We’ll start with the minor controversy, which is a controversy in the sense that someone from ABC News needed something to write about and started calling around to auto workers and therapists to see if he could scrounge up a little outrage about suicidal robots and downsizing. Mission accomplished.
Meanwhile, in the span of not quite 48 hours, Snickers has yanked down its “After the Kiss” website, cancelled the related ad campaign, and promised never again to air its commercial about two mechanics who end up sharing more than a candy bar and then overreact by pulling out their chest hair. Apparently it was the website, which featured outtakes of NFL players wincing at footage of the kiss and an alternate ending where the two men prove their manliness by beating each other, that drew the most outrage. It must have been: the ad itself is obviously a satire of homophobia, not an endorsement of it.
The man to thank for this remarkably rapid reaction and deployment of grievance-group economic power? The same man who claimed, the morning after news of the UK airline bomb plot broke, that it was a hoax designed to distract the public from Ned Lamont’s primary victory in Connecticut.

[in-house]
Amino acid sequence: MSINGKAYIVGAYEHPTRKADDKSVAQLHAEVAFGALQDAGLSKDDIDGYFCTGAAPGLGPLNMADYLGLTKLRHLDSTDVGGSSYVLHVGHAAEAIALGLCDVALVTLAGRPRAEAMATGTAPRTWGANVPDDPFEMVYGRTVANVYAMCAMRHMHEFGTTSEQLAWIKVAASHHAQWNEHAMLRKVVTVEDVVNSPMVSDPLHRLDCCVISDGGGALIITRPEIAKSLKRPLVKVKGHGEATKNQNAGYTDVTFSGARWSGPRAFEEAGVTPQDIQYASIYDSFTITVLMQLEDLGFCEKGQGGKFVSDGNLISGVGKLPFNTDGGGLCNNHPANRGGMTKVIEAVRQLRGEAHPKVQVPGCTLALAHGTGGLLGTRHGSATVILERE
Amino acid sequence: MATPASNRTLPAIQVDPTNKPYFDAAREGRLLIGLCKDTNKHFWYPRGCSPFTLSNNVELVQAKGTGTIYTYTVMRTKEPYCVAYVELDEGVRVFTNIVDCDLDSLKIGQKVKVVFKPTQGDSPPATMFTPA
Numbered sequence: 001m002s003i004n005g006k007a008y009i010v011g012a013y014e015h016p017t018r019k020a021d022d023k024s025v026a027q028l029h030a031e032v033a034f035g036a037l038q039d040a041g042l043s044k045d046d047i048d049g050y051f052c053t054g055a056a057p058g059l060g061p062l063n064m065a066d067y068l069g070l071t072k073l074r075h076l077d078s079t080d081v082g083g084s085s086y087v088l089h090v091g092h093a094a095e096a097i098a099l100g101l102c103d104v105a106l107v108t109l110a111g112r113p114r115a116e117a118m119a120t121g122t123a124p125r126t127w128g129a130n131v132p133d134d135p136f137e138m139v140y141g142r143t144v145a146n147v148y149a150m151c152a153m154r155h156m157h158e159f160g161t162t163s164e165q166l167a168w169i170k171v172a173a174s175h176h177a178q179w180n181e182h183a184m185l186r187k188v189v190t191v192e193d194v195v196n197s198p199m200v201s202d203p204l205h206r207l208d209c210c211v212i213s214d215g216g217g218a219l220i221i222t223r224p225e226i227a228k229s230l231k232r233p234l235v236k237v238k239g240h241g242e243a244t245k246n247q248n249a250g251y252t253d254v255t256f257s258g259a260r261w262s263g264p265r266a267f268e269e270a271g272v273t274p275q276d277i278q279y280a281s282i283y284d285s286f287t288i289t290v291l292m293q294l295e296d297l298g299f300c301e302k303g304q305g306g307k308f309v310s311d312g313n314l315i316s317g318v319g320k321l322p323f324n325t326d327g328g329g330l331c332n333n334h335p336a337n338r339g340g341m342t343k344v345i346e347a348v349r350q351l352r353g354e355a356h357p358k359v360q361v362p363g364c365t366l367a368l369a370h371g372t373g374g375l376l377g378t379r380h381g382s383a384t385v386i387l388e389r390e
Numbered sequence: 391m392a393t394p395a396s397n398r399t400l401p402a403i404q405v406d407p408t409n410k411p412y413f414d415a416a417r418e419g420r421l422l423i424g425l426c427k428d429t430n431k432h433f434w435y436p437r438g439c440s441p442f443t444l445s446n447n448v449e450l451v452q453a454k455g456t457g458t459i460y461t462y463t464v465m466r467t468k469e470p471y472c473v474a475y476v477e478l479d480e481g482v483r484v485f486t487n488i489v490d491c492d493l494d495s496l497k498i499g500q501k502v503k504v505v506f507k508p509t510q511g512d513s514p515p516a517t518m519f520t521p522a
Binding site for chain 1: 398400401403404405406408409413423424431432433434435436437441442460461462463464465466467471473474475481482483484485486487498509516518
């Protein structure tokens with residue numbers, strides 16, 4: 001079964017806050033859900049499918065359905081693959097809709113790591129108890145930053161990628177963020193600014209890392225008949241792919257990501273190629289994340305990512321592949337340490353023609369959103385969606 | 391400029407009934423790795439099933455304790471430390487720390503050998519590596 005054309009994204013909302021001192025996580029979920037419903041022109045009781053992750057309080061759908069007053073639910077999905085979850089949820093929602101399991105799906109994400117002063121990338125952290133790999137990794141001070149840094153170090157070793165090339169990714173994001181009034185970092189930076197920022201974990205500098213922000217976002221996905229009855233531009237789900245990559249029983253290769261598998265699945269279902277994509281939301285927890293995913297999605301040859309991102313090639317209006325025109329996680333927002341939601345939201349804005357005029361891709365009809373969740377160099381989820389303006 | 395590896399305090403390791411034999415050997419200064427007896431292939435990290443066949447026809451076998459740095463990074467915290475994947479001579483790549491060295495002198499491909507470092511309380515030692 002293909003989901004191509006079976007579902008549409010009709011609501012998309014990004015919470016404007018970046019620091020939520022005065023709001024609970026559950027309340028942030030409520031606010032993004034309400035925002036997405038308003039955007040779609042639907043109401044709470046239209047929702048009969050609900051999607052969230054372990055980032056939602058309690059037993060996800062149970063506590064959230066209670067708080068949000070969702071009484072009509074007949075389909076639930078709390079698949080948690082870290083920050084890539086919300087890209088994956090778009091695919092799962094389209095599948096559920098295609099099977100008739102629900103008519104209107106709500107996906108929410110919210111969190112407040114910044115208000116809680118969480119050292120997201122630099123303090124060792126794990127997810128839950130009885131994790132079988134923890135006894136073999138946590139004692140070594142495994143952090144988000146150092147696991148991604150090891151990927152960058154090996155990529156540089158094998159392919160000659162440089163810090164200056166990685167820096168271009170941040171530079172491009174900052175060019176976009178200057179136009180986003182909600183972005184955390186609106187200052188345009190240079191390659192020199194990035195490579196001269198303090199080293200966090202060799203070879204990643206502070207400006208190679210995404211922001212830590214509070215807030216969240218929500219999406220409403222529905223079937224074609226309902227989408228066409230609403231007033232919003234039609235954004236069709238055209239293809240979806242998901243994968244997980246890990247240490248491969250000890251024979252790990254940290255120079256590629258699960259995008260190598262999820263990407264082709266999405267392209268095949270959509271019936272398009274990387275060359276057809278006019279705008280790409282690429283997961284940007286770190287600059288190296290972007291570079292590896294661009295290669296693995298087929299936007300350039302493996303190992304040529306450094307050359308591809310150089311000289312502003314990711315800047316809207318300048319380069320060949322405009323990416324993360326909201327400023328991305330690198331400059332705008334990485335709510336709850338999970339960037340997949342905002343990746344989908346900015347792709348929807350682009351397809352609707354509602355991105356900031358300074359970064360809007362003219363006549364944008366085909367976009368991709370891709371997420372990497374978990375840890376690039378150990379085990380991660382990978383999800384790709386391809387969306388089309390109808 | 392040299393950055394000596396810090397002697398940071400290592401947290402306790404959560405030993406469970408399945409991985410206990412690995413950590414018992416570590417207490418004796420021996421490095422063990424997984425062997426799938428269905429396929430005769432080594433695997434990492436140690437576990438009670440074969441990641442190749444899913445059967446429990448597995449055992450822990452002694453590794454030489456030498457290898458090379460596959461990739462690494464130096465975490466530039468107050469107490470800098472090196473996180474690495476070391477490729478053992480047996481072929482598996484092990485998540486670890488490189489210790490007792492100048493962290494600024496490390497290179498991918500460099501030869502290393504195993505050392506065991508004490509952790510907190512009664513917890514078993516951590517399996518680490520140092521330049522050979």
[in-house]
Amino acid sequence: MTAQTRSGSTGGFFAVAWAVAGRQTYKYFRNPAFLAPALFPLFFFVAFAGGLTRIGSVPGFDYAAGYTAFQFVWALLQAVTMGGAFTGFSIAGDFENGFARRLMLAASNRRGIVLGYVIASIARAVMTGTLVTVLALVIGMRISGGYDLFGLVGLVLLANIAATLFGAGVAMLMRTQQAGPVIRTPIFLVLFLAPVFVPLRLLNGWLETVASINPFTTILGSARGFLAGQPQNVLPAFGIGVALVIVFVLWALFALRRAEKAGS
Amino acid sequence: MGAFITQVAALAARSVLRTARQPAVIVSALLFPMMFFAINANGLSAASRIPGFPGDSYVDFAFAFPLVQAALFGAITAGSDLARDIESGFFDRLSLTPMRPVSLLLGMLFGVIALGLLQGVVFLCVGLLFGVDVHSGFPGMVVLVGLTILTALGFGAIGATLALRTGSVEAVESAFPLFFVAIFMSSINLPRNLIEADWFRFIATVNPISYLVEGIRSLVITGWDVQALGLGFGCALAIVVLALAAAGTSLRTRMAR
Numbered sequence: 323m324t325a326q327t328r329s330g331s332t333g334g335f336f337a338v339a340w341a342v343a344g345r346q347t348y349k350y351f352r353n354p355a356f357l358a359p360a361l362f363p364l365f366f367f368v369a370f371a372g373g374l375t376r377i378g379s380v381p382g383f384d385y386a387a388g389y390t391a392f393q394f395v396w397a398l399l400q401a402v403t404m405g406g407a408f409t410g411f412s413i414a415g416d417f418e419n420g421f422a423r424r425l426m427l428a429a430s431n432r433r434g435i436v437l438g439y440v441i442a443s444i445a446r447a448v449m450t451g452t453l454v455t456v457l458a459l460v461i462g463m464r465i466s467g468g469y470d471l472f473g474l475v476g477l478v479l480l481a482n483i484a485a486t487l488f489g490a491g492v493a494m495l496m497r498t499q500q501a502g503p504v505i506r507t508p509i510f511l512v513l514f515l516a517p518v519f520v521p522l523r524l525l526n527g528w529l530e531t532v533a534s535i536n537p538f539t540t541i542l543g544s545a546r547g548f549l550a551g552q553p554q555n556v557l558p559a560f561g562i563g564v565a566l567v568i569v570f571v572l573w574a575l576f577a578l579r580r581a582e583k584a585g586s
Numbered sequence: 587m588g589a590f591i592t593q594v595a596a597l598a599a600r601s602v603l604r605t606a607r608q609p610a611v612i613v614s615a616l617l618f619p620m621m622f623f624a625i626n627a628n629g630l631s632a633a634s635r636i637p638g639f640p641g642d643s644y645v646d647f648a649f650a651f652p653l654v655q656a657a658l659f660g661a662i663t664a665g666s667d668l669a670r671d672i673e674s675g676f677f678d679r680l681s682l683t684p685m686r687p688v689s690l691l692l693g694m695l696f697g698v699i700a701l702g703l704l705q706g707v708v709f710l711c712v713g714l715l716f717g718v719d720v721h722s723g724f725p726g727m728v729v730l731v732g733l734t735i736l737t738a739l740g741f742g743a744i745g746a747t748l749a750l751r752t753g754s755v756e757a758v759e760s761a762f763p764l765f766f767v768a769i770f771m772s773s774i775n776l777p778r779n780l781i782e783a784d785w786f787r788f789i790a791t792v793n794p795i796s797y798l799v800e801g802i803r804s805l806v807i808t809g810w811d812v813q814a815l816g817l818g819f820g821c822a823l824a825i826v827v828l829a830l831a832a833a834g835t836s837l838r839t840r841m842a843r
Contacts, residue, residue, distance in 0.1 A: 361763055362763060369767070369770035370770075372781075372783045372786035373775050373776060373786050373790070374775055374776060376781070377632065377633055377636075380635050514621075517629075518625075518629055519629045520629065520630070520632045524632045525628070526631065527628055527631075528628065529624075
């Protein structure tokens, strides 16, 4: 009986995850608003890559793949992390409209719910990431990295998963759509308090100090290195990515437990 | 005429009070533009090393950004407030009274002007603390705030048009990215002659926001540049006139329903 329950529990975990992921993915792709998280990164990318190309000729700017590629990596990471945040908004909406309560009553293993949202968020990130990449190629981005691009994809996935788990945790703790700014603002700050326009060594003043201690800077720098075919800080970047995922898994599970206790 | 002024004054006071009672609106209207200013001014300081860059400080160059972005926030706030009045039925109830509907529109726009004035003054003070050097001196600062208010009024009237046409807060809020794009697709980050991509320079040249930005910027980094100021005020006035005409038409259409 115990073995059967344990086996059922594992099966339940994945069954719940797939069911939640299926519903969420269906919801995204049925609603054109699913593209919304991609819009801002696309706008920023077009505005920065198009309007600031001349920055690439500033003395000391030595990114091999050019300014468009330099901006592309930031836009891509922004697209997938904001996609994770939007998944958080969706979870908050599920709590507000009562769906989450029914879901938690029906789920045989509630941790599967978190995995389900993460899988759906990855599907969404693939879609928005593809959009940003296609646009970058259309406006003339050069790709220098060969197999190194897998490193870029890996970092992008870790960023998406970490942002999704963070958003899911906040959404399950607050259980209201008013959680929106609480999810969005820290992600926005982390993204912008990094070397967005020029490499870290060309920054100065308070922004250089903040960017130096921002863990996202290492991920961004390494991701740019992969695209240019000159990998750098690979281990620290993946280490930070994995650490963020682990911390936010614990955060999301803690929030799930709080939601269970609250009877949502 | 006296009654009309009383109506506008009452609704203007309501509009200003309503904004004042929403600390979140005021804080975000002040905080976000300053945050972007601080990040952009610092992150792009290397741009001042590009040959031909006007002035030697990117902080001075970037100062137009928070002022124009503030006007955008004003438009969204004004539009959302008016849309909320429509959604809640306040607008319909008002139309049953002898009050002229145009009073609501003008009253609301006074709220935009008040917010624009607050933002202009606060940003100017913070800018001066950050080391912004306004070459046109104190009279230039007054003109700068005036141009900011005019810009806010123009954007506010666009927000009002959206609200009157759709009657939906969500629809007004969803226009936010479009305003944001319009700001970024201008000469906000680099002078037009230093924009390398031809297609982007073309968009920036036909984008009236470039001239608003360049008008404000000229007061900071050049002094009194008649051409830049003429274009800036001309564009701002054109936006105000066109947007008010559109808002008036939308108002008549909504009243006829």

The Malcontent, who enjoys absolute moral authority in commenting on gay issues, has an excellent post up about this. Quote:
They cannot speak coherently on gay marriage, they could not prevent three-quarters of states from passing amendments, they have not the tools to persuade the electorate on our issues, but yesterday the professional grievance organizations of Gay America vanquished a candy company, and for that they are heroes.
Heroes, at least, if you found yourself among the offended.
For those of us not offended by the Snickers ad campaign, there rested in the twelve hour maelstrom something terribly depressing and clarifying about the pulleys and levers used to operate some quarters of gay activism.
Read on. Here’s the ad, in case you missed it Sunday.
Update (Ian): Greg Tinti calls it “the gayest controversy ever.” Heh.